What makes you creative?

I find great joy in solving problems. And, fortunately, that’s what my job expects me to do – solve problems. I might be a scowling, screaming and ranting lunatic while I’m at it, but when it’s done I have a beatific smile on my face.

I don’t know where it began. Unlike my siblings and cousins, I was the least athletic. Fortunately for me, my school also encouraged dramatics and music.

Maybe it was Mrs. Ghosh, my 5th standard English Teacher, who used to make me read poetry, write short stories and plays over weekends. She’d correct my mistakes, make me see new directions in which my stories could go and even sent a few of them to some magazines. While I don’t think any one of them got published, I think they came in handy later.

My father had plans to turn me into a doctor which obviously didn’t work (chuckles). While I was ranked 22nd in the pre-med entrance exams, I flunked terribly in my class 12th – in Mathematics, Biology, Chemistry and Physics. All except in English and Art.

That should have been a sign. (Laughs)

What have you been the most proud of in Contract?

It’s difficult to single out one incident or client but the work we have done on Domino’s since we introduced the new positioning of ‘Khushiyon ki Home Delivery’ in 2008 is close to my heart.   Give or take a few lows which are a part of any business, things have been good for me at Contract.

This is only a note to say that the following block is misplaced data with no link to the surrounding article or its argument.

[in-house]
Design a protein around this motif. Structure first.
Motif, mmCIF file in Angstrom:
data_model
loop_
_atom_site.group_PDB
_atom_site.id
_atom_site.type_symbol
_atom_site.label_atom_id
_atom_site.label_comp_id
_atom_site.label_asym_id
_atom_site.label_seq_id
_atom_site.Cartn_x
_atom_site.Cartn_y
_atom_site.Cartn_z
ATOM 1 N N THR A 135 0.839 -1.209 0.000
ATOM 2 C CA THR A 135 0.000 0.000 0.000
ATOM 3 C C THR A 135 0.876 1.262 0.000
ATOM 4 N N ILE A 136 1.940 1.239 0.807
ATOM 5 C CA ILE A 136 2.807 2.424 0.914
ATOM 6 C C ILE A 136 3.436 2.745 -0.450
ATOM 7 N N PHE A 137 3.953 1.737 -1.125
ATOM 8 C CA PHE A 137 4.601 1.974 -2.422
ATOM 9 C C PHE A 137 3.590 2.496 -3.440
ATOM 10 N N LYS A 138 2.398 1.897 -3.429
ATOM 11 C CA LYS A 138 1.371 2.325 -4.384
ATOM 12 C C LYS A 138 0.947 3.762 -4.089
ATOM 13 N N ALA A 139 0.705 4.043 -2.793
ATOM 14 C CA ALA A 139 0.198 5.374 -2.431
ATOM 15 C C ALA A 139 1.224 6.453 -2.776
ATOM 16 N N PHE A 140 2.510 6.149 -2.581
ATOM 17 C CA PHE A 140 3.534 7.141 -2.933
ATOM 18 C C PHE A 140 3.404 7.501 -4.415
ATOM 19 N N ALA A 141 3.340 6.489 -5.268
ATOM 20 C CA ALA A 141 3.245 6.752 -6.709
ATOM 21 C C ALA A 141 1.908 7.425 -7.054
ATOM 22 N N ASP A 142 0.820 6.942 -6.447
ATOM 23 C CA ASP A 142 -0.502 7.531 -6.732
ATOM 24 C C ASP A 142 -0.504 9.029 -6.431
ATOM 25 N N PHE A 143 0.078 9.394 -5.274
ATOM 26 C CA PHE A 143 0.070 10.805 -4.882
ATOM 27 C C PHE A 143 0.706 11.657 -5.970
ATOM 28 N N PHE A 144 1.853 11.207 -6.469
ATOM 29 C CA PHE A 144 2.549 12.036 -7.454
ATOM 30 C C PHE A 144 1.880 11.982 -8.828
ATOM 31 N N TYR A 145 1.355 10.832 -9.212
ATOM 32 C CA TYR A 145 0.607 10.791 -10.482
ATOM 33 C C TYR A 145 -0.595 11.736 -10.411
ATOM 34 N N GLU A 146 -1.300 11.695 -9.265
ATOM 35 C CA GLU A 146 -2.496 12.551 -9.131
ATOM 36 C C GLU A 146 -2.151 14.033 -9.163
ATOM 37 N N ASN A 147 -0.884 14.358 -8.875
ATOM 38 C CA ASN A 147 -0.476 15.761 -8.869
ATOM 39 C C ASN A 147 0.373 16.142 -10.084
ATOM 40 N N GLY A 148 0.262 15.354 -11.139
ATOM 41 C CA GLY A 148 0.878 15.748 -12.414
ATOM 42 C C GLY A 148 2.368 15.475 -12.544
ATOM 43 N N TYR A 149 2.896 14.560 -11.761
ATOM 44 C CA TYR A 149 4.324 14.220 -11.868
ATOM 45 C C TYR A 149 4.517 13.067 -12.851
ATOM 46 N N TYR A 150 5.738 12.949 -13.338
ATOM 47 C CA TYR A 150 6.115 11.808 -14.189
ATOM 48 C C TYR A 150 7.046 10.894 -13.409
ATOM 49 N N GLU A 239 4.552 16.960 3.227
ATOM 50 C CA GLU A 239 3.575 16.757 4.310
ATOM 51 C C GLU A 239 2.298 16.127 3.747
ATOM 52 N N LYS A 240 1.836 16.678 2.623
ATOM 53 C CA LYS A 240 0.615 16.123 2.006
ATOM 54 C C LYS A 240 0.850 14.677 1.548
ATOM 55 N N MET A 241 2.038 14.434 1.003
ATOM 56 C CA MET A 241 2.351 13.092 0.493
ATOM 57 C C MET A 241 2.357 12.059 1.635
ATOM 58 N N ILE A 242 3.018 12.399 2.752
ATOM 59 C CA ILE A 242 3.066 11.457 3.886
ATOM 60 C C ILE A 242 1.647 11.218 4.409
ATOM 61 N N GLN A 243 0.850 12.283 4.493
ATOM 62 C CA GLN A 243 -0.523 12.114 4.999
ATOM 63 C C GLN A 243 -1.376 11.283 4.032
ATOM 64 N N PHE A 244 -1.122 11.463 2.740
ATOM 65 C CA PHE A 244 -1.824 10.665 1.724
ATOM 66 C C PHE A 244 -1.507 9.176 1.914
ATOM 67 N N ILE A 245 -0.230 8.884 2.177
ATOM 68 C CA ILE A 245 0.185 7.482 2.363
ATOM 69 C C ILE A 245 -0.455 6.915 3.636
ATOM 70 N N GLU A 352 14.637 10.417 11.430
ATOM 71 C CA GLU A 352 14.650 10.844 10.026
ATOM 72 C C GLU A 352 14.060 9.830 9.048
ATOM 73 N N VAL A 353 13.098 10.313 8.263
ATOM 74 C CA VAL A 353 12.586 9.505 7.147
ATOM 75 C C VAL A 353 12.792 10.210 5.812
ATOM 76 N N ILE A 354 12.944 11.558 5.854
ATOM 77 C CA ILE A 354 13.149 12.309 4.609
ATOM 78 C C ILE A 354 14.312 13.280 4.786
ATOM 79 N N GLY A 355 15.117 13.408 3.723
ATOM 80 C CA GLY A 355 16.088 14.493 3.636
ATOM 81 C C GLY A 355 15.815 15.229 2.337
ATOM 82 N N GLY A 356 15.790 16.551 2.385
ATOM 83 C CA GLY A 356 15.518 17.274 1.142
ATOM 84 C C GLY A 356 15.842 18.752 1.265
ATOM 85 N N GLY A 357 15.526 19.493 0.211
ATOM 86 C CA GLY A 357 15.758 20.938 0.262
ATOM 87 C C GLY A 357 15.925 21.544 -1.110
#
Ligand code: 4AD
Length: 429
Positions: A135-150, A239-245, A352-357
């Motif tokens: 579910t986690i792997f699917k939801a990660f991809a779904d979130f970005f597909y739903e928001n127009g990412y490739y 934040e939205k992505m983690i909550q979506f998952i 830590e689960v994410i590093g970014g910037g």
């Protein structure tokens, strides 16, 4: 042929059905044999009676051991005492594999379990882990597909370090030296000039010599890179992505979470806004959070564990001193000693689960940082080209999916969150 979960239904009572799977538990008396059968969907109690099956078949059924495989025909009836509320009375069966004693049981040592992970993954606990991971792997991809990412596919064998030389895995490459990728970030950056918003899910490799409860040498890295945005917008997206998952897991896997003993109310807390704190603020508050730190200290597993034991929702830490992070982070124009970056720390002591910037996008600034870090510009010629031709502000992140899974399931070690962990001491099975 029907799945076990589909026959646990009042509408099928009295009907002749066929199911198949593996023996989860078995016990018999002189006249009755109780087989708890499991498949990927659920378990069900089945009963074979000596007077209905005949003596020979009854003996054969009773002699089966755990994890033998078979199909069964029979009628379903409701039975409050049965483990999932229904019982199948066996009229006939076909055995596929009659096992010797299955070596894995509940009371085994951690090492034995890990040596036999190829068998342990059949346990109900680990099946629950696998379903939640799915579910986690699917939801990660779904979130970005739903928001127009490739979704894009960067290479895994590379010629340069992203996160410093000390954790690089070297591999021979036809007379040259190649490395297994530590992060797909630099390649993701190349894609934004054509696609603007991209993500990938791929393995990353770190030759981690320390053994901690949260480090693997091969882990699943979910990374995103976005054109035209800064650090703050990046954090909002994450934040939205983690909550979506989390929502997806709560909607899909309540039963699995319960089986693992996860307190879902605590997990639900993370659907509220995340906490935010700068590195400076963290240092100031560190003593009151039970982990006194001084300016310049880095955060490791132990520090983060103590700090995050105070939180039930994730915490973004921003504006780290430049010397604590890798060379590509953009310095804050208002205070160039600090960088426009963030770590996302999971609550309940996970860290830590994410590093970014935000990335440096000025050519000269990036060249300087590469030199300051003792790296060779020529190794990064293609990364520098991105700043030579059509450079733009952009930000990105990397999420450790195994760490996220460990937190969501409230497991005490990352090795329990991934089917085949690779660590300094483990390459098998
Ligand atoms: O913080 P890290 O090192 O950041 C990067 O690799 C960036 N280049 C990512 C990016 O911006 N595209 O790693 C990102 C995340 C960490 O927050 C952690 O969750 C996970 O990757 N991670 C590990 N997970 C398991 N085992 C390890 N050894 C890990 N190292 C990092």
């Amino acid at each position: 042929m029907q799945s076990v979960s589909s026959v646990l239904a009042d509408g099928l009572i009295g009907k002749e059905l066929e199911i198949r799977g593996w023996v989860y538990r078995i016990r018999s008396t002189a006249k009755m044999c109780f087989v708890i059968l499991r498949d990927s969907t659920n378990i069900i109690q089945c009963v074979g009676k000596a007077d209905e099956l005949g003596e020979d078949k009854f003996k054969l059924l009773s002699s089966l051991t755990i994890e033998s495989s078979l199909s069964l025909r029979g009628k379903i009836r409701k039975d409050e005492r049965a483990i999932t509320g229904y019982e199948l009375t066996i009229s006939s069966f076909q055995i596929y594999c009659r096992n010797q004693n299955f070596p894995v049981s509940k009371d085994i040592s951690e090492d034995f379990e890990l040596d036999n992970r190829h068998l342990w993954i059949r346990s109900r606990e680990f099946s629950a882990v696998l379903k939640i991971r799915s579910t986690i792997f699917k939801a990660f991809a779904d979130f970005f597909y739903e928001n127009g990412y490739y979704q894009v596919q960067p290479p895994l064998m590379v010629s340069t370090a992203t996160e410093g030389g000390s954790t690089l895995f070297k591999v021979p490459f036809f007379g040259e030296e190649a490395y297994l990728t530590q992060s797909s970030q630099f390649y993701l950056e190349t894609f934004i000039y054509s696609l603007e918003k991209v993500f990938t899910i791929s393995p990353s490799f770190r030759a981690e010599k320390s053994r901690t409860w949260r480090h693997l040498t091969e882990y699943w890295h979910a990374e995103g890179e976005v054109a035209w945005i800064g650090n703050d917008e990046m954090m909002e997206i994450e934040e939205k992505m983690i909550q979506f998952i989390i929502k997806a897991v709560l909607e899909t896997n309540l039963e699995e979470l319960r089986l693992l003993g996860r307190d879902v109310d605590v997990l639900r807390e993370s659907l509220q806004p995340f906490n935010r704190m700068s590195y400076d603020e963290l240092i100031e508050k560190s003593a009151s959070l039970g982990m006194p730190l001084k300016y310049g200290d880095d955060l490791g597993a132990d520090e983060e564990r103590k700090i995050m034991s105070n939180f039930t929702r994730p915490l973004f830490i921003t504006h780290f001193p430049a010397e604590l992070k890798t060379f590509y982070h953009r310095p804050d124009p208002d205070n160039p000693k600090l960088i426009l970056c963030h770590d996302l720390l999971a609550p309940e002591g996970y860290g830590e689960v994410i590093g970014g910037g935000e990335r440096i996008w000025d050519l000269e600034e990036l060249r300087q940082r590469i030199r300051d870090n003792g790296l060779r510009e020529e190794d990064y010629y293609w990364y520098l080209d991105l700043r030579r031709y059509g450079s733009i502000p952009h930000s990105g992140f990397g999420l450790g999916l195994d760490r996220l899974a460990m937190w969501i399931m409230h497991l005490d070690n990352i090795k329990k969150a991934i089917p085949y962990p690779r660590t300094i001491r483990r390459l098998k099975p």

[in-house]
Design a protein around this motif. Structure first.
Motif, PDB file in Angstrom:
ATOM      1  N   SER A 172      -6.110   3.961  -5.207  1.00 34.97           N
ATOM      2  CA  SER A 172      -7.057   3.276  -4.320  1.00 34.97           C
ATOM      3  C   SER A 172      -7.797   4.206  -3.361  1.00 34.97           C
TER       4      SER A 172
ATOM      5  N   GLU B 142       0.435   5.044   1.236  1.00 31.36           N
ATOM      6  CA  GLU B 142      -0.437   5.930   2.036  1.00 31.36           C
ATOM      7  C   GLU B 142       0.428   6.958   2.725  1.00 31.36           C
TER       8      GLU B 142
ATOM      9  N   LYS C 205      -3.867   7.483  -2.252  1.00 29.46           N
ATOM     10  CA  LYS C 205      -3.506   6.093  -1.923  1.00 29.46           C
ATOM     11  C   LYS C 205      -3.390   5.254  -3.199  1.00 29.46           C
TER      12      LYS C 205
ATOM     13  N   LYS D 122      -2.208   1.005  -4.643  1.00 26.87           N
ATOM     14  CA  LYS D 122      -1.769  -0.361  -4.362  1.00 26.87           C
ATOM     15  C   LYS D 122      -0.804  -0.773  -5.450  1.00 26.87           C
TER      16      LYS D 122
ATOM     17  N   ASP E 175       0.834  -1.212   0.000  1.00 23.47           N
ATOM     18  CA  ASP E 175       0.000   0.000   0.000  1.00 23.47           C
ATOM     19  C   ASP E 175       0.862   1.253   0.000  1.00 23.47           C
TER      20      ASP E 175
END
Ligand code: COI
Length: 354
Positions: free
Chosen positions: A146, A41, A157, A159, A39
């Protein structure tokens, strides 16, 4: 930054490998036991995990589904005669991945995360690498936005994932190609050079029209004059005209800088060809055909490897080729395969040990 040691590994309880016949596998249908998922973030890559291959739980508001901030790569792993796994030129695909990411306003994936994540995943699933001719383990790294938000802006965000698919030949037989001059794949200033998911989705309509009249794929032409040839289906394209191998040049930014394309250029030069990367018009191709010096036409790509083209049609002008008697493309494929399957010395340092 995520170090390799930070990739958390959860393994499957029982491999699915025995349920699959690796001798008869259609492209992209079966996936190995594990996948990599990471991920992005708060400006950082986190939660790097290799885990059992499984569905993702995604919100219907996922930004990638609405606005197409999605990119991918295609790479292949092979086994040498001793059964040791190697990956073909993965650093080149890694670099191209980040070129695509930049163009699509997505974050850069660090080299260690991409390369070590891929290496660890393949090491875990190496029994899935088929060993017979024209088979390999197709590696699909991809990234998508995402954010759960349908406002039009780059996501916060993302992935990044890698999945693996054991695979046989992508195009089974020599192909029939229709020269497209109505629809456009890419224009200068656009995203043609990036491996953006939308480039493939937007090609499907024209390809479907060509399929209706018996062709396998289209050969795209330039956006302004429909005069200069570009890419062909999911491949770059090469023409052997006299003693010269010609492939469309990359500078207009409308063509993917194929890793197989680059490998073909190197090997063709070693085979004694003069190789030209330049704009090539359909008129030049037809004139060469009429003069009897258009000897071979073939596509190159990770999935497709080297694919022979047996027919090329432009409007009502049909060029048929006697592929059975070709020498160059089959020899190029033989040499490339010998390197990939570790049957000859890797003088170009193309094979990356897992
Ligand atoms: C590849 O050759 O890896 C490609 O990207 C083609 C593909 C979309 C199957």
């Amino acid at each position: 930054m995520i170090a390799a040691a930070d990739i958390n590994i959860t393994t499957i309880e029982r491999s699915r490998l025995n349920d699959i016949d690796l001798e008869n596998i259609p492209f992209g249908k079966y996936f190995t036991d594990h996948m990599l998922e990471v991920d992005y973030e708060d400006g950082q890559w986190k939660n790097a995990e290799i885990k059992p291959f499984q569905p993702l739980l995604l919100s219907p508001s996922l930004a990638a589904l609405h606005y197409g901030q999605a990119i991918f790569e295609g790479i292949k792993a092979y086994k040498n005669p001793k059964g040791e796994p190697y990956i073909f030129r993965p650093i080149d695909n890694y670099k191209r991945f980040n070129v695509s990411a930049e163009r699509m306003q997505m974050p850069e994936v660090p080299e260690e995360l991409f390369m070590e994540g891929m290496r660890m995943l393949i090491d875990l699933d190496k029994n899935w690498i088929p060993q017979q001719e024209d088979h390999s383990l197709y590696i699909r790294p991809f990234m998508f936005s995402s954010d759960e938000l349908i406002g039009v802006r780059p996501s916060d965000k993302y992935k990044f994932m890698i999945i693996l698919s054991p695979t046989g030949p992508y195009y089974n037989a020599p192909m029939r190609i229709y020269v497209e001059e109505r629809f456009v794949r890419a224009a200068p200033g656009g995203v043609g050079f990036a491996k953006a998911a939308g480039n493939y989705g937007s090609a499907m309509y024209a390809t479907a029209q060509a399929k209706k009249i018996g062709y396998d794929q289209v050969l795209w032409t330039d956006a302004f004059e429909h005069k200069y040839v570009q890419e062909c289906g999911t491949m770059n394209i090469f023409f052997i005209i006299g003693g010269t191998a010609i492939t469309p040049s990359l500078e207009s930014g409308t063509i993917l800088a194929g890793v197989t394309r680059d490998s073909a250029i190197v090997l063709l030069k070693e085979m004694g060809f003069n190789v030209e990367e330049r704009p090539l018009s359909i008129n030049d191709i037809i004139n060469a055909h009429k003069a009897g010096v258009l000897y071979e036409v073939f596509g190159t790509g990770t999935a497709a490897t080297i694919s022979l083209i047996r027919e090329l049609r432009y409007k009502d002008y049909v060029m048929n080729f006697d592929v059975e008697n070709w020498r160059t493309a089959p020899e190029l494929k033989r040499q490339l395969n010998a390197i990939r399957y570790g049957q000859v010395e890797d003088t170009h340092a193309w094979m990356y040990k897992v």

With whom do you think you can share the podium?

There are many people who have a hand in shaping your professional life. But if I had to pick just 3…

Akshat Verma, (who wrote ‘Delhi Belly’) who, besides sharing life-altering moments like traveling from Delhi University to the First City Magazine office at Som Vihar, RK Puram in DTC buses every single day and eating boiled eggs at the Shivaji Stadium bus stop, also pushed me into advertising.

Nicholas Hoffland. A dear friend, a bank of creativity and an ATM when I was broke. They don’t make Account Directors like him no more.

Nitin Beri. A great leader, he’s the only art guy whom I have met who can out-write most writers. And, that too, with a pen.

What compliment do you hate the most?

When they say that I am a good writer, I find it most embarrassing. I believe, and I’m sure people who really know me will agree, my writing is only good enough for ads.